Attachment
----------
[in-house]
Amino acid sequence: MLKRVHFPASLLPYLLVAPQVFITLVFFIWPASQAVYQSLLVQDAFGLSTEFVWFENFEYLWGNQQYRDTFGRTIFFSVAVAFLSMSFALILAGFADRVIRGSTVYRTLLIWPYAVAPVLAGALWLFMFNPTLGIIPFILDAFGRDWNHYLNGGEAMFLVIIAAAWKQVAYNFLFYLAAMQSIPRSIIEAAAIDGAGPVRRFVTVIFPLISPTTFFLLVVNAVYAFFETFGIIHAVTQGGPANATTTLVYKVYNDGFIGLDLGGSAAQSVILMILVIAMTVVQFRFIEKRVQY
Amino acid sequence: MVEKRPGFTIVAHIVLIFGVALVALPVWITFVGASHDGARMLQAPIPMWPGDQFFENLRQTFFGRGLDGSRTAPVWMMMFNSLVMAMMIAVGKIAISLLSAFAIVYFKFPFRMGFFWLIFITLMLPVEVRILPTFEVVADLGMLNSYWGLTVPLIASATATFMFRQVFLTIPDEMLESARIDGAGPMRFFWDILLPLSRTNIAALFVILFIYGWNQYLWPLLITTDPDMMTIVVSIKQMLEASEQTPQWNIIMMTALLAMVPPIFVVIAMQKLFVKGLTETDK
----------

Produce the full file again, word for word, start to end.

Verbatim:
[in-house]
Amino acid sequence: MLKRVHFPASLLPYLLVAPQVFITLVFFIWPASQAVYQSLLVQDAFGLSTEFVWFENFEYLWGNQQYRDTFGRTIFFSVAVAFLSMSFALILAGFADRVIRGSTVYRTLLIWPYAVAPVLAGALWLFMFNPTLGIIPFILDAFGRDWNHYLNGGEAMFLVIIAAAWKQVAYNFLFYLAAMQSIPRSIIEAAAIDGAGPVRRFVTVIFPLISPTTFFLLVVNAVYAFFETFGIIHAVTQGGPANATTTLVYKVYNDGFIGLDLGGSAAQSVILMILVIAMTVVQFRFIEKRVQY
Amino acid sequence: MVEKRPGFTIVAHIVLIFGVALVALPVWITFVGASHDGARMLQAPIPMWPGDQFFENLRQTFFGRGLDGSRTAPVWMMMFNSLVMAMMIAVGKIAISLLSAFAIVYFKFPFRMGFFWLIFITLMLPVEVRILPTFEVVADLGMLNSYWGLTVPLIASATATFMFRQVFLTIPDEMLESARIDGAGPMRFFWDILLPLSRTNIAALFVILFIYGWNQYLWPLLITTDPDMMTIVVSIKQMLEASEQTPQWNIIMMTALLAMVPPIFVVIAMQKLFVKGLTETDK